2014 / 15 min / united states

Ma is a story about a Samoan grandmother trying to survive her worst fear – being alone.
Ma’s Sunday begins like any other with a visit to Church. Ma's approached by the church Bishop with accusations of coercing an elderly women's group to a nightclub. Ma leaves the Bishop in disbelief, proudly revealing that they had a wonderful time and they all still believe in God. 

When she arrives home Ma notices that one of her precious soft toys is missing.

Infuriated, Ma does some quick detective work on the phone before heading out for church. Along the way she experiences a rude, inappropriate driver who she follows and stealthily confronts in a local car park, teaching him a lesson that he'll never forget.

Ma is no ordinary grandmother. She's strong-willed, opinionated and can take on the toughest, and usually does. But under the rock-hard exterior is an old woman trying to endure what's left of her existence and reclaim the feeling of control that she once had in her younger years; the feeling of being needed. Ma is a story about one woman's strength, weakness, love and humanity in a world that has almost forgotten her.

Screening Friday, April 5 10:00 pm

Nikki “Thunder” Si’ulepa has worked in the New Zealand Film and Television industry since 1995 both in front of and behind the camera.

She first fell into acting by association straight after high school, landing a lead role in New Zealand / Canadian feature film, “The Whole of the Moon”.  The rookie won two best actress awards for her portrayal of “Marty”, a rebellious street kid with cancer who finds love in a hospital.

After her acting debut, Nikki dabbled in production jobs on film sets, as her true passion was behind the camera.  She was eventually persuaded by her family to get a “real job” so she left the industry for the time being.

A few years passed and Nikki became frustrated at the tedious “nine to five” lifestyle so she began script writing.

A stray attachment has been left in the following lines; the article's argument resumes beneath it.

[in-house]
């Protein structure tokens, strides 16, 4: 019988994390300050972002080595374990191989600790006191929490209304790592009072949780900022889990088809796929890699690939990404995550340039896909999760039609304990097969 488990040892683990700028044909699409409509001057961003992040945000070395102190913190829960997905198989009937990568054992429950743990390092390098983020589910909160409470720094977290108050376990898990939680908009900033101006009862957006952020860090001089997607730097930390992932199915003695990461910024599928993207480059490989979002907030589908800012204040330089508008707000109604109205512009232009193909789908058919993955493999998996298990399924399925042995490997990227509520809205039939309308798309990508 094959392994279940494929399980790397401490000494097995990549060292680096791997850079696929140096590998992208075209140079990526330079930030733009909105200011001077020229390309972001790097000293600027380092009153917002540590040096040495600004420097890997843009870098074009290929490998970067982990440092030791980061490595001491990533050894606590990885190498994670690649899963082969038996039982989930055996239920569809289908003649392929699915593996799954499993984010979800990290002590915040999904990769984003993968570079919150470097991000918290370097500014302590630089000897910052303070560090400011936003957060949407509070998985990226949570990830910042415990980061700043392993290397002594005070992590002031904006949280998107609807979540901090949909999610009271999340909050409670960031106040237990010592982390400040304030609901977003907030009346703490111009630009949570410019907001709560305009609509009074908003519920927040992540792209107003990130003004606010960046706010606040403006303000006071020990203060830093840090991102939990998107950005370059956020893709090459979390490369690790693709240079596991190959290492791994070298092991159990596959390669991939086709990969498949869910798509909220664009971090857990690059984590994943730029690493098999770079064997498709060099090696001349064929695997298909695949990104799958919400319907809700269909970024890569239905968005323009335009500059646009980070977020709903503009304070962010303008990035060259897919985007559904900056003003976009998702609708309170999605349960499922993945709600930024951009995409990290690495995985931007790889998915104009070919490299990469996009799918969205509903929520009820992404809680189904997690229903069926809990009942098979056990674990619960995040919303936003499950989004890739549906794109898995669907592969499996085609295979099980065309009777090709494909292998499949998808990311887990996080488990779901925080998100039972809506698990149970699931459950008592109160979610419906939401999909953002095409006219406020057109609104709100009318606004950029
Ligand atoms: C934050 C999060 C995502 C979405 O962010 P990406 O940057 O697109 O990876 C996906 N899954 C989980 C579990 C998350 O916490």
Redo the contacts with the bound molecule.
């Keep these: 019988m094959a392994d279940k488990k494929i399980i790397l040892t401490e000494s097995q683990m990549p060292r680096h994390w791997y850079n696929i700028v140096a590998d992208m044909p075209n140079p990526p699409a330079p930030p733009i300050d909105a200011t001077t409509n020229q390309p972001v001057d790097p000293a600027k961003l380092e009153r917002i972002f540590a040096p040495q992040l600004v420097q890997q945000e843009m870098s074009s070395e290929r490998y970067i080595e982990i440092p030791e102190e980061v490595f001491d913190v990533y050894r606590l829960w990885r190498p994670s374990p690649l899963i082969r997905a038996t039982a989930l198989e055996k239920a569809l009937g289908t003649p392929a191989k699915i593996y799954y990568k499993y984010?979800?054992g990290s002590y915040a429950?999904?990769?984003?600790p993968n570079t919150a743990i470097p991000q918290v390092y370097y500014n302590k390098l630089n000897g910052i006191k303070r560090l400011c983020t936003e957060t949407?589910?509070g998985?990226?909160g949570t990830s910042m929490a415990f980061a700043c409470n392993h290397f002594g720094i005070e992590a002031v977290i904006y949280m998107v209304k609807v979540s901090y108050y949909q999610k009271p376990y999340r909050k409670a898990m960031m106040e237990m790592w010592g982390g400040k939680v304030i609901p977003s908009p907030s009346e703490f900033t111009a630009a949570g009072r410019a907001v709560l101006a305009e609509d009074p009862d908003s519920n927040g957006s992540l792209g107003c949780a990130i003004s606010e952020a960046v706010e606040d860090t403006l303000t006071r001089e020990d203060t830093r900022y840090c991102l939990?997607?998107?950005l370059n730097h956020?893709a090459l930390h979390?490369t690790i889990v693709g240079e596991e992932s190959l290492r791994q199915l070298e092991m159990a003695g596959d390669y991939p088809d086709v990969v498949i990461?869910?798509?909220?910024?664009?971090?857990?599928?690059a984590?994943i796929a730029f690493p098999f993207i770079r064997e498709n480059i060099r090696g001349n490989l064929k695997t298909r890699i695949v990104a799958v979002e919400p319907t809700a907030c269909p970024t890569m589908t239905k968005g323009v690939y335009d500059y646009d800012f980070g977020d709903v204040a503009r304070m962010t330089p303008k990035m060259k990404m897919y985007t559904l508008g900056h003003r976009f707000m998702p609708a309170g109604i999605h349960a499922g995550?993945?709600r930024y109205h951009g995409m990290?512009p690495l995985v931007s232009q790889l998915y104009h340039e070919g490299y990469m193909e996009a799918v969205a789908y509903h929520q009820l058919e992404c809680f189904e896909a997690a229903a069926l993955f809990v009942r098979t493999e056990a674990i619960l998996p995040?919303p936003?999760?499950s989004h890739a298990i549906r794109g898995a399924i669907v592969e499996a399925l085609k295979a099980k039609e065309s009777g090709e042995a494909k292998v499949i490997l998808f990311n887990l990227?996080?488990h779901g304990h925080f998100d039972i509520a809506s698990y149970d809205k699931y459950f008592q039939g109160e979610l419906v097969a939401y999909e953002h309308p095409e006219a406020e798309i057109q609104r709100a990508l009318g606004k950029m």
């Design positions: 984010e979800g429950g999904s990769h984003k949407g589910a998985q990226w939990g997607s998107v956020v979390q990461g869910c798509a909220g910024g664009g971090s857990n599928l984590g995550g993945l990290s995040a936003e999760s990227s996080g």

She found her way back in front of the camera as a reporter / director for Television New Zealand’s Pacific Current Affairs Show, Tagata Pasifika.  It was here that she developed journalistic and directing skills and also learnt how to operate a camera.  Nikki fine tuned her story telling abilities with successful reality strands and her first documentary, Salat se Rotuma – Passage to Rotuma, which she directed and shot.  In 2012 the documentary was selected to screen at the FIPA International Festival of Audio Visual Programmes in Biarittz, France, FIFO Pacific International Documentary Film Festival in Papeete, Tahiti, and at the Wairoa Maori Film Festival in Aotearoa, (NZ).

Nikki wrote and co-directed a New Zealand Film Commission funded short film, Snow in Paradise.  The story follows a young girl in the 1960’s on a small island in the South Pacific, (Aitutaki, Cook Islands).  A nuclear test bomb detonates near by and life on the island is changed forever.  The film was one of hundreds selected for the 62nd Berlinale International Film Festival in Berlin, Germany and won Best Short Film at the 2013 Festival International du Film d'Environnement (FIFE) in Paris, France.

2012 was a busy one.  Nikki filmed another reality strand on high school Kilikiti, (Samoan Cricket), teams, and began shooting a documentary about a relative's cultural journey of identity.  She was spotted in front of the camera on TV3's award winning comedy series, Super City, and up and coming, thriller feature film, Housebound, currently in post production.  Nikki shot a documentary in Rapa Nui (Easter Island) for TVNZ's indigenous Māori language programme, Waka Huia. 
In 2013 Nikki and producer, Ngaire Fuata, self funded and shot a short film about Nikki's grandmother called, Ma.  The film was selected for various international film festivals including ImagiNATIVE, NZ International Film Festival, and Maoriland. 

Nikki is currently directing a feature length romantic comedy called, Same But Different, scheduled for general release in cinemas in 2019.